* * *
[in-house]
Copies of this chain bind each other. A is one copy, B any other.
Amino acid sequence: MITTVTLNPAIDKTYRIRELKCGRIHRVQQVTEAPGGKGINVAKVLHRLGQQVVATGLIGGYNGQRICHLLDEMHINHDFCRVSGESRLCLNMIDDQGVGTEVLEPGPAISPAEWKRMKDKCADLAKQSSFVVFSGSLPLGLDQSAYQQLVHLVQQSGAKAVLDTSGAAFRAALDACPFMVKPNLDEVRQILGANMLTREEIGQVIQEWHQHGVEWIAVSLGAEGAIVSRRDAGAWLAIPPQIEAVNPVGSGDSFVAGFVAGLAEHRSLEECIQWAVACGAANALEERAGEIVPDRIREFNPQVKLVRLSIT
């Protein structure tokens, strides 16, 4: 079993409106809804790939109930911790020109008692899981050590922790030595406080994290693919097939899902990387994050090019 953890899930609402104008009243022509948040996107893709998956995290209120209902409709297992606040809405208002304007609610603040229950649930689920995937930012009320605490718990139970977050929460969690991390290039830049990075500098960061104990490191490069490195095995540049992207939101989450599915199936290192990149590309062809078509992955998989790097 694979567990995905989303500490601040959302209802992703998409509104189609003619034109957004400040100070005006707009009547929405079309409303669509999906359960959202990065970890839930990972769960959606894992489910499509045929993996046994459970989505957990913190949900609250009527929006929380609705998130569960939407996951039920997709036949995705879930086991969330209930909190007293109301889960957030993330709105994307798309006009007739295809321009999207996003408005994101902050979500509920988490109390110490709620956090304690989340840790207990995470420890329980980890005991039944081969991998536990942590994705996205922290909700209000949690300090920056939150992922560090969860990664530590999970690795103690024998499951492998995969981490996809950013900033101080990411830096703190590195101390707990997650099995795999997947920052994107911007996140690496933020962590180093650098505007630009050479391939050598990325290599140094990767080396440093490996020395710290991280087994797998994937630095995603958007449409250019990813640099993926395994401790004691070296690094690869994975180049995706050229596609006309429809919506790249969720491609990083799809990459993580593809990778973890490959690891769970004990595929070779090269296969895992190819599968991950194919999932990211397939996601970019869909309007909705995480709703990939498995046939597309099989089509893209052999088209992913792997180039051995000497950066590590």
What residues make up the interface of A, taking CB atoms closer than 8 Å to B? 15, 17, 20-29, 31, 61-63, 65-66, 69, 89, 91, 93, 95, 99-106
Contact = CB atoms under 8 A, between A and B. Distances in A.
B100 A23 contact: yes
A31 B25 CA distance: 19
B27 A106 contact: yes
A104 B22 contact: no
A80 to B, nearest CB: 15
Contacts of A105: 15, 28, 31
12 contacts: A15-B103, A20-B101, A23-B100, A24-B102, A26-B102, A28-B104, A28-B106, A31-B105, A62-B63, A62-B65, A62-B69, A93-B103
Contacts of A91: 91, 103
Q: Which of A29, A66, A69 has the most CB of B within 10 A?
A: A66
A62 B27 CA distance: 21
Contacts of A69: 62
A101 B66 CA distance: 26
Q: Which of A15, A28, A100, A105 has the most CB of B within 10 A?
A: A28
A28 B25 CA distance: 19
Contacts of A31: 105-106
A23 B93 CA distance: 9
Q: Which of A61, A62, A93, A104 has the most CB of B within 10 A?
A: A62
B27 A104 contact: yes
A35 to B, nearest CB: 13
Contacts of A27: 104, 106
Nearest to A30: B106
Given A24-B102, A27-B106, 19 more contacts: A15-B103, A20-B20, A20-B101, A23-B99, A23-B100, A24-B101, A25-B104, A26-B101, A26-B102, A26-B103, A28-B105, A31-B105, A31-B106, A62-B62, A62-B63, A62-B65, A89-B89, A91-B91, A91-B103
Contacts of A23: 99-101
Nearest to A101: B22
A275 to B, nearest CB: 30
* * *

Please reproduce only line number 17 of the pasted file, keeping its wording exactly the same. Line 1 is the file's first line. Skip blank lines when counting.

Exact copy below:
A62 B27 CA distance: 21